Notes on an annoying misconfiguration

I spent a while banging my head against an issue on a client’s site last week. Having finally worked out the subtle misconfiguration of that was causing the bug, I thought I should write it down in case anyone else ever suffers the same problem. I figure if I write this down in enough detail, maybe the next person who suffers a related problem won’t have to spend as much time Googling as I did…


The client reported that on their v6.6 site the Content Editor’s Preview button was showing the wrong page, but that the rest of the Content Editor and the Page Editor were working ok. When I investigated in more detail, I found that the Publishing Preview button

Preview Button

was showing the site’s homepage rather than the page you had tried to preview. However it was only doing this for some pages on the site. Any page where the “Require Login” security setting had been applied

Require Login

suffered from the issue. But any page which this was not applied to did not show the problem, and would preview fine. Remove this security setting, and the problem went away. Add it to any page and the problem would appear for that page.

Looking in the Sitecore Logs, each attempt to preview a page that showed the wrong result generated an error message. But not a massively helpful one:

4916 03:37:08 ERROR Item could not be found from query string. [ID is "{9F12B247-9671-45E4-9F15-F27D92B74AF2}".]


The “could not be found” bit lead me off down a blind alley for a while checking to see if the item wasn’t missing from databases, or if the querystring ID for the preview page matched the item ID of the thing that was being clicked on in Content Editor. Searching Stack Overflow, the Sitecore Developer Network Forums and other places gave some clues about this, but I didn’t find anything describing the particular problem I was seeing. The issue turns out to be down to security configuration:

The <site/> config entry for the url being browsed had the attribute domain="extranet" in it. Reading around on the internet, when you click the Preview button, Sitecore tries to load the item you selected using the “<domain>\anonymous” account – where <domain> is the value of the domain attribute from your configuration.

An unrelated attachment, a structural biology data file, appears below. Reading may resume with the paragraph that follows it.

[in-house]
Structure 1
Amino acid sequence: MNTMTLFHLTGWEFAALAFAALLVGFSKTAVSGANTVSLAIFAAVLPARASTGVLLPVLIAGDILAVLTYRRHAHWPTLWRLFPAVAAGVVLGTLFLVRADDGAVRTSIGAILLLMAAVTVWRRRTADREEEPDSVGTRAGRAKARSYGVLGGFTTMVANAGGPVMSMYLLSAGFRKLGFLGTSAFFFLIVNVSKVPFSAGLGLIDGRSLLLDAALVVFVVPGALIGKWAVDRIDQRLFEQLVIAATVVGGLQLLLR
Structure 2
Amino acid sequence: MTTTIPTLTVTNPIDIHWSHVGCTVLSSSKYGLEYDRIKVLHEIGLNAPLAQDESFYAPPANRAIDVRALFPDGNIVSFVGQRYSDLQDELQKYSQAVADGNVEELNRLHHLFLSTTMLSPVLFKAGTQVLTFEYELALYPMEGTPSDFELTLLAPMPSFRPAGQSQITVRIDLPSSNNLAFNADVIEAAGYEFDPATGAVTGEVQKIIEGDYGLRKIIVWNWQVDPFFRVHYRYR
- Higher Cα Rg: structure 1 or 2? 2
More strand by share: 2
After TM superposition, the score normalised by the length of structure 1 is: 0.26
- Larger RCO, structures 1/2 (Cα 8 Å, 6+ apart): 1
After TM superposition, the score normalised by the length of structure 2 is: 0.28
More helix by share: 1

So in this case, Sitecore was trying to run the preview as “extranet\anonymous” – which is exactly the security right that we have denied by clicking “Require Login”:

Security Details

So the log error really means “I can’t load that item because access is denied”. For reasons best known to themselves, the developers who wrote this bit of code seem to have decided that if you can’t load an item you should fall back to the homepage item instead of warning the user what’s happened.

Changing the domain attribute’s value to the correct “sitecore” security domain (the one which editorial accounts live in) fixes the issue.


5 thoughts on “Notes on an annoying misconfiguration

  1. I ran into the same scenario, but when I digged in this seemed to be a Sitecore ‘feature’. The intent of the preview button originally seems to have been to run as anonymous so that the current user’s security settings would not be applied, but also to mimic a standard anonymous user on the internet visiting a web page.

    More recent versions of Sitecore (7.2 and up, I believe) now have a Preview.AsAnonymous setting that allows you to configure whether to run as anonymous, or as the currently logged in user. I went so far as to build a module to give you an extra button so the author can choose:

    Interesting to know that sitecore\anonymous gets through the security. I’ll have to try this out! Thanks for digging down deep into it šŸ™‚

    • Cheers Jason. When I find some time I plan to raise this whole thing with Sitecore. I’m guessing they will agree that it is a feature – but I’m hopeful I might persuade them to update the error message to make it a bit more obvious what’s going on to others who hit a similar issue.

      Almost all my work is on legacy versions at present, so I’m not up to speed with how this might pan out on newer releases. But I’ll keep your module in mind for when I finally get all these projects upgraded to more recent versions…

      • Hey Jeremy, I actually built the module for older versions because I ran into the problem with a 6.6 client. The new setting starts in 7.2, so is another option aside from the module.

        I agree on the error message. If Sitecore intends it as a preview ‘feature’, then the preview should show the access denied page instead of redirecting to the home page.

  2. Pingback: Ok, how did I break Experience Editor this time? | Jeremy Davis

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